Credible non-nuclear weapons states with a history of disarmament activism need to step up. They can bridge the gap between the nuclear club and the rest, and build a solid middle ground which another nations can support. Sadly there is no indication this Government has any appetite for the task in spite of this country having the most comprehensive anti-nuclear legislation in the world with strong popular backing. And in spite of the fact that our anti-nuclear policy is the very thing the PM’s new friend Barack seems so keen on.


21 Responses to “Smile and Wave goes to Washington”

  1. Martin says:

    Smile and wave also big noted at the Burnside High School reunion this weekend as most famous old-boy and none in the media mentioned the irony that he helped the closure of his primary school Aorangi not far away.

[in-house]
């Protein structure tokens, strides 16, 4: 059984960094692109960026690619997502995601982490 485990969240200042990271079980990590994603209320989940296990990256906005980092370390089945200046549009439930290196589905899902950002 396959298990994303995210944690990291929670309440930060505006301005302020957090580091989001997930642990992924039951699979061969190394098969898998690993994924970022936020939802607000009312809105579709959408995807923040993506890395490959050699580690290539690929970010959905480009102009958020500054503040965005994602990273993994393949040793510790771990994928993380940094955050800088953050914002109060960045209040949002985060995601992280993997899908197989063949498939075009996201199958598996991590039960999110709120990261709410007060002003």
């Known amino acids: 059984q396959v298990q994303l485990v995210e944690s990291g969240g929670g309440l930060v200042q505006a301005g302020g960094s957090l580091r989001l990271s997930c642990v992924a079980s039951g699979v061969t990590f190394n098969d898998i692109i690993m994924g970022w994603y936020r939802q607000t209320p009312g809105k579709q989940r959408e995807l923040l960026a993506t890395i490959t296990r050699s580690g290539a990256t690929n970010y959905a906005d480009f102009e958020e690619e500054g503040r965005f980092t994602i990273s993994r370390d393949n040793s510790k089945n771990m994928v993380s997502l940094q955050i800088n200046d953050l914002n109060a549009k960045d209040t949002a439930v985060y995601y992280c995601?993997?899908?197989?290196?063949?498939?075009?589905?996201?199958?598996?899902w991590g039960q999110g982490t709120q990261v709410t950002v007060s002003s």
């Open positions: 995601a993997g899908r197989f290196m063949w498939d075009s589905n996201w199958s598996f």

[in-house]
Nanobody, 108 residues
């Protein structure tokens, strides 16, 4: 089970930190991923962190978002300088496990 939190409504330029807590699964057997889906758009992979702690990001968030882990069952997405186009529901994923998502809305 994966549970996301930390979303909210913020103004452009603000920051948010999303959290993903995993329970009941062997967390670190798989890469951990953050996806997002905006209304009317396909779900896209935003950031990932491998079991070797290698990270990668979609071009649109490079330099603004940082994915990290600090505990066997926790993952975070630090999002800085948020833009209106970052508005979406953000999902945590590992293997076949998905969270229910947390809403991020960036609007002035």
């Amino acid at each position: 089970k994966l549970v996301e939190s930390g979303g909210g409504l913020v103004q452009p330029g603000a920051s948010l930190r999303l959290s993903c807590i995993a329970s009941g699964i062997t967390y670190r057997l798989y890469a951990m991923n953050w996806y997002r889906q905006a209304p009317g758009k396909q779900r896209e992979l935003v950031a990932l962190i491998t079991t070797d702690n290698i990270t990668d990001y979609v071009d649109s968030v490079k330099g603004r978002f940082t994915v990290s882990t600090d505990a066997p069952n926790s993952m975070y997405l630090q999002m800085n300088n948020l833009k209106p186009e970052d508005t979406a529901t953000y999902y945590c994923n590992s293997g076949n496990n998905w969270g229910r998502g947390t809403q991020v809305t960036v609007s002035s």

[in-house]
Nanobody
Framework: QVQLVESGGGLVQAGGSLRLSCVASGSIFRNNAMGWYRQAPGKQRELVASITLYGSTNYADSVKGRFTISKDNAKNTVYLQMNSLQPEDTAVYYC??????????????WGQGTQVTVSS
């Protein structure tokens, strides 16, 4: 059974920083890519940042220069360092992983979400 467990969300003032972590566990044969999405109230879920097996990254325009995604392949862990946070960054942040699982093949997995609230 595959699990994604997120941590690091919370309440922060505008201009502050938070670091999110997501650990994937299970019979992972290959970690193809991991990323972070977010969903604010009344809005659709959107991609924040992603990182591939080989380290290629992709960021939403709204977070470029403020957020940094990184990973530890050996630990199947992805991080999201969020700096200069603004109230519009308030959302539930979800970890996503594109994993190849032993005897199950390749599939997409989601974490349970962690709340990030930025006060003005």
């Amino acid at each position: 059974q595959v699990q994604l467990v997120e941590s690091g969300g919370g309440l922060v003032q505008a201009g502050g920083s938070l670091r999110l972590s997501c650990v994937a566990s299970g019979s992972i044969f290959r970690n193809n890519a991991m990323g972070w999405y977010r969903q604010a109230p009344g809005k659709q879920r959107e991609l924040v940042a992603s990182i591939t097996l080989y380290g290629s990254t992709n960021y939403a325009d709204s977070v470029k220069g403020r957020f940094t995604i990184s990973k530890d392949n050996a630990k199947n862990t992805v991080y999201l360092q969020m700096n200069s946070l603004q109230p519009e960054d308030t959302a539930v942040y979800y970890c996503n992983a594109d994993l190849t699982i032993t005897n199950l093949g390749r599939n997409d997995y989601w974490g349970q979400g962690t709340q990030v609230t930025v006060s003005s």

2. Tracey says:

    Given the large number of protections within the states especially in farming, is there much point in a free trade deal?

    Speaking of reunions, Bil English was invited to the Centenary celebrations of the University Rugby Club in Dunedin last year. I assume he used to play for them? He came with his minders, and the Club had to pay for he and his minders to attend. It was a charity event, raising money. I just wonder, is this howit works for all politicians that attend such events, they and their minders are paid for by the event?

  3. Axis says:

    Wonder if John Key has sold his shares in that uranium company yet?

    Not digging it up might be a way to stop terrorists from getting their hands on it.